Ketton in the 1841 census

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The census was taken on 6 June 1841. There were 951 villagers counted - 470 males and 481 females.

They lived in 216 houses. Specific places named in the census were Kelthorpe, Geeston, Aldgate, Main Street, Bull Lane, The Green, Great Lane, Church Yard, Church Lane, Back Street, The Row, Ketton Hall, Chapel Court and Heath House.

1841 census

The 10 most frequent surnames of villagers were: Gooud (25), Smith (22), Andrew (22), Dunford (21), Hibbins (20), Brown (19), Swift (19), Wright (18), Osborn (17) and Woolley (16).

The 10 most popular male first names were: William (103), John (89), Thomas (55), George (27), Robert (24), James (24), Henry (18), Joseph (14), Samuel (13) and Francis (13). 81% of males in the village had one of these first names.

The 10 most popular female first names were: Mary (105), Elizabeth/Eliza (79), Ann/Anne/Annie (71), Sarah (46), Jane (23), Catherine (15), Harriet (12), Frances (12), Julia (11) and Susanna/Susannah (11). 77% of females in the village had one of these first names.


254 men were employed: agricultural/farm labourer (130), male servant (33), farmer (11), gardener (9), carpenter (7), shoe/boot maker (6), stone mason (5), publican/innkeeper (4), blacksmith (4), tailor (4), groom (3), basket maker (3), miller (3), grocer (2), butcher (2), shepherd (2), shopkeeper (2), clergyman (2), saddler and harness maker (2), baker (2). there was also a sieve maker, a musician, a surgeon, a cooper, a ragman, a rope maker, a wheelwright, a carrier, a maltster/brewer and a sawyer/wood labourer.

55 women were employed: female servant (46), cottager (3), schoolmistress (2), baker (2) and bonnet maker (2).

Only two children were recorded as being at school – two girls both aged 12 were living with Eliza Tomblin, 20, who was a “teacher of youth”.

A total of 55 women were employed.

Birth places

Households were only asked whether individuals were born in the county where they lived - 80% were born in Rutland and 20% were not.

Four people in Ketton were born outside England - Elizabeth Burman, aged 35, the wife of surgeon Henry living on Main Street, was born in Ireland; Margaret Grantham, aged 70, living on Main Street, living on her own means with two servants, was born in Ireland; The Honourable Emily Grantham, aged 60, daughter-in-law of Margaret, living on her own means with seven servants was born in Ireland; George Morrison, aged 30, a servant working at Ketton Hall was born in Scotland.

Households with at least two servants:
  • Francis Whincup (aged 70, living on own means, not born in Rutland) was living in Geeston on his own. He had seven servants (four males and three females).
  • William Willford (aged 35, a farmer, born in Rutland) was living at Aldgate Farm with his with Dorothy (née Walpole) and their son William (aged 5). They had two male and one female servants.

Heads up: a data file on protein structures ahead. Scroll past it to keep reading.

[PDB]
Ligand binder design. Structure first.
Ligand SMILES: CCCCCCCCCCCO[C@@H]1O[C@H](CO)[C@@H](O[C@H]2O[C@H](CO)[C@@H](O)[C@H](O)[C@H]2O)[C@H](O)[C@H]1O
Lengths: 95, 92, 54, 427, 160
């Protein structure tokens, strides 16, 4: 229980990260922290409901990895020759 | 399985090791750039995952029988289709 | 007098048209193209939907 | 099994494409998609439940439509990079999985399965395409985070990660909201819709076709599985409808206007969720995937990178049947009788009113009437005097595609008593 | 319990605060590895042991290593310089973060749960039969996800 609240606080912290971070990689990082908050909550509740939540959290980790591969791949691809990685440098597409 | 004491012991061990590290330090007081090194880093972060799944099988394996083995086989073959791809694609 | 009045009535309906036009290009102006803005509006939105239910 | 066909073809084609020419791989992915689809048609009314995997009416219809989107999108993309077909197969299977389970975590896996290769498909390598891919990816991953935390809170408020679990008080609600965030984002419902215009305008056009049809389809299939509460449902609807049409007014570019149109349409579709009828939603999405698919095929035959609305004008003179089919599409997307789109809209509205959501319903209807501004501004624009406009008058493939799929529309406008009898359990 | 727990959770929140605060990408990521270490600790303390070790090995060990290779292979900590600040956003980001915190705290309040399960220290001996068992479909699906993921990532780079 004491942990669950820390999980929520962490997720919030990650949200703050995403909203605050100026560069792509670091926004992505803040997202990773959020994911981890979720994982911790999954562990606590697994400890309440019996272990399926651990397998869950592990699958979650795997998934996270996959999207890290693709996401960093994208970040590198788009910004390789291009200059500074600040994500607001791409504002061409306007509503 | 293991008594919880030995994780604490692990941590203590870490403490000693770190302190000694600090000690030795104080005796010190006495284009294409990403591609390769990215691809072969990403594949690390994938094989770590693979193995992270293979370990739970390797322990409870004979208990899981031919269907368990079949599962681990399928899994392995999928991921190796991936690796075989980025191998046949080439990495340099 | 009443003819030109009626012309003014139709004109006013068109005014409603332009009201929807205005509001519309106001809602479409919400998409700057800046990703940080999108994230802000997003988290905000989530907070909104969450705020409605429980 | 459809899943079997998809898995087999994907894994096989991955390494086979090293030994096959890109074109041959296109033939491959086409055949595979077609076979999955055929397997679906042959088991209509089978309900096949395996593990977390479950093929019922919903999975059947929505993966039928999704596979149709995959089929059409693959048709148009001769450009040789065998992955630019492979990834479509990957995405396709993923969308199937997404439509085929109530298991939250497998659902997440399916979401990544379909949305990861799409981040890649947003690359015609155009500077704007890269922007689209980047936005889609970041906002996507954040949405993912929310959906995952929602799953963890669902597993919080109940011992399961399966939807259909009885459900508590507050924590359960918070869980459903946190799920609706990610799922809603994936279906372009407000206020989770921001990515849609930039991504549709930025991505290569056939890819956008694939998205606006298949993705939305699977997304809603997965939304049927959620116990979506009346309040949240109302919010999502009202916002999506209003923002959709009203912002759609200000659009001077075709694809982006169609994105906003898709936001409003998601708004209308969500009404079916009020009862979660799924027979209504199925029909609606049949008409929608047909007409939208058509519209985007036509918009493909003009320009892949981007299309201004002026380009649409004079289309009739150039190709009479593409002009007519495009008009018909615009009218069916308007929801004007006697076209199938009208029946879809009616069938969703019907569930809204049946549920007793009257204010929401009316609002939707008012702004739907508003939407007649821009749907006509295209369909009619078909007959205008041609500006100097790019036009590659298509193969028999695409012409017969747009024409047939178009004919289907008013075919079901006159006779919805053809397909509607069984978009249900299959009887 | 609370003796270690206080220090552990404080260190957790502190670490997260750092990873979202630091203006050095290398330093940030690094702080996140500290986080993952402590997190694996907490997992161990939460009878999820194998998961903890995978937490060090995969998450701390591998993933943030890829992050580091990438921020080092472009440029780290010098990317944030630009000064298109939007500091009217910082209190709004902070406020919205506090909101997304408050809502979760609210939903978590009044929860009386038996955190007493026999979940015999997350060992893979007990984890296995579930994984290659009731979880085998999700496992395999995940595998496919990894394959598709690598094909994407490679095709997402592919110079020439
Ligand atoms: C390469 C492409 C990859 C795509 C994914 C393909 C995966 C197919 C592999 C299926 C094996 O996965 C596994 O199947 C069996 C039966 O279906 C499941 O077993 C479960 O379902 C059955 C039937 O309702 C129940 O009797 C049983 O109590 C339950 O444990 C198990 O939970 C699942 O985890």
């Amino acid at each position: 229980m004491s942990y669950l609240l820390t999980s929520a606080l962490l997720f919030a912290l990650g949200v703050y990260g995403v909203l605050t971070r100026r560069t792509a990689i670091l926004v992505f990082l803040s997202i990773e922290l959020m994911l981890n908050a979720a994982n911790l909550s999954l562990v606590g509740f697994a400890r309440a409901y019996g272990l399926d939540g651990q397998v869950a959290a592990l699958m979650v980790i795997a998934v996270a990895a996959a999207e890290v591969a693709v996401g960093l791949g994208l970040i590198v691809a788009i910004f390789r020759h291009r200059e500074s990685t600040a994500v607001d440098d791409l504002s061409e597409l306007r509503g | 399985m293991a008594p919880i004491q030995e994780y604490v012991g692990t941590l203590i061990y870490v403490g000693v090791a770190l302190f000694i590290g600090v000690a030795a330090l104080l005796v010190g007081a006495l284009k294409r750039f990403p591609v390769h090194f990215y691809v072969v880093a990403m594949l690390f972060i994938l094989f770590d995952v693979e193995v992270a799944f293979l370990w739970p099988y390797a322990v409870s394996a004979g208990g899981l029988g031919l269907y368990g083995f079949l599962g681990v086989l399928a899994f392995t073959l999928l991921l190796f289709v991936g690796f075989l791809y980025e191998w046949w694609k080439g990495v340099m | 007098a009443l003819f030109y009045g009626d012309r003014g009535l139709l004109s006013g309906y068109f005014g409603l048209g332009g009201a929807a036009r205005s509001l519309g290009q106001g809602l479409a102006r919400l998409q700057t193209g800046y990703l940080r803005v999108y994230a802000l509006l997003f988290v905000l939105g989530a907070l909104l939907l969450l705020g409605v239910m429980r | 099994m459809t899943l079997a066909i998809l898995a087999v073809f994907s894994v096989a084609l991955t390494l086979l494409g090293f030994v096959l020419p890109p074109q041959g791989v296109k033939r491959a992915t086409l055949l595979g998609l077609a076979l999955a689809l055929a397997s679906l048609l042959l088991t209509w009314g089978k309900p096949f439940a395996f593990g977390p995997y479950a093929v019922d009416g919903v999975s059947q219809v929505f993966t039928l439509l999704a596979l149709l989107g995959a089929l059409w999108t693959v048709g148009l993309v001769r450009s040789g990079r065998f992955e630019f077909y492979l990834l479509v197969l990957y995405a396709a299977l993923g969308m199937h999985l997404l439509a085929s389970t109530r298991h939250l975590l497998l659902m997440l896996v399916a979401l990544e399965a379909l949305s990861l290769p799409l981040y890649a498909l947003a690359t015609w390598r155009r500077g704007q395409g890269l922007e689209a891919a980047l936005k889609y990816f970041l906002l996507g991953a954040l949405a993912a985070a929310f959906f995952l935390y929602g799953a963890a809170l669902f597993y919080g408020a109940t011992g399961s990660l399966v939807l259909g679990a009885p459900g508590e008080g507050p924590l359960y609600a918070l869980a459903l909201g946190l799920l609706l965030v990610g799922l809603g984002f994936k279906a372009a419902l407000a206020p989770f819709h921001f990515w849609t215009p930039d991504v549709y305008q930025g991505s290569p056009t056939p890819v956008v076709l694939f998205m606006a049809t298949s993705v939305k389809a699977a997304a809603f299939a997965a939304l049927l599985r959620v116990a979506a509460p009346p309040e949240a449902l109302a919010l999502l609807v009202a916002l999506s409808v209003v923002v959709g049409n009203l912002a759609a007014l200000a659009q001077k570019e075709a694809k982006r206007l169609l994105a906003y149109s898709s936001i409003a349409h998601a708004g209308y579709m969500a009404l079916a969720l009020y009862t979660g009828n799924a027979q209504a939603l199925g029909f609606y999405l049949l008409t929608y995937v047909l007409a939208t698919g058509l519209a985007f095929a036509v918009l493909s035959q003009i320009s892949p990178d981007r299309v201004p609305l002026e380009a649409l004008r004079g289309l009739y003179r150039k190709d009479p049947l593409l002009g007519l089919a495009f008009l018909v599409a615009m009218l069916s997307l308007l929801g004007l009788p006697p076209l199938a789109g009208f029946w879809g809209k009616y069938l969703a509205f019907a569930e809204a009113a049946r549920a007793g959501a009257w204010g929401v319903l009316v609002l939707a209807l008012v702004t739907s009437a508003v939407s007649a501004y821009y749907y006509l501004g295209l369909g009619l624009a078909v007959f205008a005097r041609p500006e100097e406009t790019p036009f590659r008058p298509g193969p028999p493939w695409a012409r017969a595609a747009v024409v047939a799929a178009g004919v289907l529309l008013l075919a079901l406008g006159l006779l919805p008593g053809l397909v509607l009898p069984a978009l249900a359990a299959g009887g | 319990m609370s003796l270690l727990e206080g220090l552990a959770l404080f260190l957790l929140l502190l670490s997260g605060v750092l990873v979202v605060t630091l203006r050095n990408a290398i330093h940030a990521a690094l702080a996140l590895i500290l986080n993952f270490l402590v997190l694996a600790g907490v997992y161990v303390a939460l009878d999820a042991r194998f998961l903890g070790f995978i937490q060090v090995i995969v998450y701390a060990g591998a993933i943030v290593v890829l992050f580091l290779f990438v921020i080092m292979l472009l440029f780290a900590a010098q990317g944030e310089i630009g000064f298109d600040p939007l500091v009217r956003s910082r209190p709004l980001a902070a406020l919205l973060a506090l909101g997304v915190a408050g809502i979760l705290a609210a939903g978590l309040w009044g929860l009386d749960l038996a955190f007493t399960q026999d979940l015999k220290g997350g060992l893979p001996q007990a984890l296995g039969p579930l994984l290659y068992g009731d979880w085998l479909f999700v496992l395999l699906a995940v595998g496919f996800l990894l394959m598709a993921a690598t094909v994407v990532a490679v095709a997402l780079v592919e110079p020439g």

• Amelia de Rippe (aged 45, living on her own means, born in Rutland) was living with her sister Elizabeth de Rippe (aged 55) and her great-nephew John Burman (grandson of her sister Mary. John’s father Henry Burman was later the medical practitioner and surgeon in Ketton). They had two servants – one male, one female.
  • Margaret Grantham (aged 70, living on her own means, born in Ireland) was living on her own. She had a male and female servant. She lived next door to her daughter-in-law Emily.
  • The Honourable Emily Grantham (aged 60, living on her own means, born in Ireland) was living on her own. She had seven servants – four female, three male.
  • Robert Hunt (aged 65, a maltster/brewer) was living with his wife Emma. They had four servants – three female, one male.
  • John Compton (aged 60, a miller) was living in Great Lane (now Church Lane) with his children including Thomas (aged 35) who later took over the mill at Ketton. They had three servants – one male and two female.
  • Frances Thompson (aged 75, living on her own means) lived at the Priory in Great Lane with her daughter Frances (aged 45). They had four servants - two male and two female.
  • Thomas Buckworth (aged 40, a farmer) lived in Back Street (now Redmiles Lane? Buckworth House?) with his wife Mary and his brother William (aged 40). They had three servants - two male and one female.
  • George Sowerby (aged 45, living on own means, not born in Rutland) lived at Ketton Hall with his wife Ann and their children George (aged 8), Fanny (aged 7), Mary (aged 4) and Thomas (aged 2). They had 13 servants – five male and eight female. After campaigning in the House of Lords to stop the railway line coming to Ketton (within 200 yards of Ketton Hall), he sold Ketton Hall to Lord Burghley four months after the railway opening in Ketton in 1848.
  • George Hornbuckle Betts (aged 33, a farmer, not born in Rutland) lived with his wife Mary and their daughter Mary (aged 9 months). They had six servants – three male, three female.